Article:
Planning Approach

Strategic planning is analogous to solving a rubrics cube. Every player involved must find a way to solve for all the colors; not just the color each person likes. It is a company-first exercise, with a laser-sharp focus on strategy and operations.

Strategic planning does not have to be a heavy time or resource intensive effort for a small- to mid-sized company. Vast majority of companies can deploy a streamlined approach because:

  • The company likely only has one core product with one or two peripheral offerings. They are unlikely to be cannibalizing each other.
  • The company only likely has one brand to plan for. If a small- or -mid-sized company has more than one brand, the planning exercise should reassess the value proposition multiple brands offer the market.
  • The commercial teams generally carry the full bag (i.e. they sell everything the company offers), which makes resource planning relatively straight forward.

The Starting Point

Like many concepts under my Growth Framework, planning approach is not a one-size-fits-all answer. The most critical aspect to develop a planning approach is to internalize where the company is starting from. A few questions can help a company assess the starting point:

  1. Has the company performed a structured strategic planning exercise in the recent past (annual budgeting exercises do not count)?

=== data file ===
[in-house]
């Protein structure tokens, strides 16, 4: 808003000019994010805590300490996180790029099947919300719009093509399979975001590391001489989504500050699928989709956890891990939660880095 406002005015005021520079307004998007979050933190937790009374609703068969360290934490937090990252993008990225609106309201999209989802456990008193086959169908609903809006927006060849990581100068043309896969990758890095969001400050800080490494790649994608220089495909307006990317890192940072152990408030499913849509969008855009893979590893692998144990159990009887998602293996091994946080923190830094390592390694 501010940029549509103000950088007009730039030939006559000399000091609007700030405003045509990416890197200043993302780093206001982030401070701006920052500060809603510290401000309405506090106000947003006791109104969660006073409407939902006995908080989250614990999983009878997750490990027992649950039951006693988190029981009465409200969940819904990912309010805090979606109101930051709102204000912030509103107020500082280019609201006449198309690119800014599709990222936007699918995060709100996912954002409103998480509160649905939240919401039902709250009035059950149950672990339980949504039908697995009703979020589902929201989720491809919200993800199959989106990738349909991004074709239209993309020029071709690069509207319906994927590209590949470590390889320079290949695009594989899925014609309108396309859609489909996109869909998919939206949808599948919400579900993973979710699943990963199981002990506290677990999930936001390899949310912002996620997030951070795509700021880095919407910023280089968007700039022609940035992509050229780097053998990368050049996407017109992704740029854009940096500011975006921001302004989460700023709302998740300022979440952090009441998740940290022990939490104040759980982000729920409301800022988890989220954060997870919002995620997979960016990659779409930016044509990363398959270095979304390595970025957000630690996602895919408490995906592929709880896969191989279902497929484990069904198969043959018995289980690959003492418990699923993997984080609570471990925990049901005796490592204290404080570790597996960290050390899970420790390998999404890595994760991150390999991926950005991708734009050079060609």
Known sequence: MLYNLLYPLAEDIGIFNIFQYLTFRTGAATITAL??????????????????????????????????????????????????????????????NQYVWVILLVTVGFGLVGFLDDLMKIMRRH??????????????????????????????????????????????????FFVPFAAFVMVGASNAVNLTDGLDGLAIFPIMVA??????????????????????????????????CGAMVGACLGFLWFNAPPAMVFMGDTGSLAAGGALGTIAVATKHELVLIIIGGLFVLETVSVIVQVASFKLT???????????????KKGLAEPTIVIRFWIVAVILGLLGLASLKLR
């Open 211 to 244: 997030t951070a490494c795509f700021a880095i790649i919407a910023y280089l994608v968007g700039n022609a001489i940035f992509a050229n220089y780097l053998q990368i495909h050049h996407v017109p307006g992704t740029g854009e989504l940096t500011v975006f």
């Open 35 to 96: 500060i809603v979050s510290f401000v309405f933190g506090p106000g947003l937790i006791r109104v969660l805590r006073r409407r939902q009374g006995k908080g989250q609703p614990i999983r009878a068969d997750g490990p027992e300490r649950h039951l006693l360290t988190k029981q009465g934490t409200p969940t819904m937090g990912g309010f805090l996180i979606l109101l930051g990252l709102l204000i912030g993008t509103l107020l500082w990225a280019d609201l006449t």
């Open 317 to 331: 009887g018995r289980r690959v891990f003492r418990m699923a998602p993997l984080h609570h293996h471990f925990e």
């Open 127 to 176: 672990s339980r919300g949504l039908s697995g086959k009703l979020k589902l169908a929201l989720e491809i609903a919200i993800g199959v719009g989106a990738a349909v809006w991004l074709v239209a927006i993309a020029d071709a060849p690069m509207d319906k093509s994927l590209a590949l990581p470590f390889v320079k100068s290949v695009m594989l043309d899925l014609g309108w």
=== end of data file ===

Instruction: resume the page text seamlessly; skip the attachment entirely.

2. If so, was the strategy development, initiatives, and operationalization effective? If past efforts were not successful, the company must first assess how well it has adopted various concepts discussed under the Leadership Approach and Objective & Analytical Culture components of the Growth Framework.
  3. Where on the Objective & Analytical Culture maturity model does the company sit? Being positioned further to the left implies significantly more pre-work in the form of manual data gathering to assess the market and internal operations.
  4. Does the company have the appropriate resources to staff a strong planning team, especially a strategic planning lead to develop and execute on an approach?

These self-assessment questions will provide a litmus test on prerequisite steps that must be taken prior to heading into a planning exercise. Ideally, these questions are asked and remediation steps are taken well in advance of starting the planning cycle.

A Streamlined Approach

Two baseline conditions are critical to even begin preparing for strategic planning because this exercise is complex, requires discipline, and needs strong and objective leadership to successfully and positively impact the whole organization. These conditions are:

  1. A skilled strategic planning team is in place, including deployment of a strong planning lead and demonstration of executive sponsor commitment.
  2. Executive sponsor internalizes where the company truly stands on core organizational concepts under Leadership Approach and Objective & Analytical Culture, and embraces the importance of taking corrective actions around major gaps.

The planning history and the experience-level of available resources are different across companies. So, defining a standardized approach will not work. However, there are three common properties associated with strong planning approaches at small- and mid-sized companies.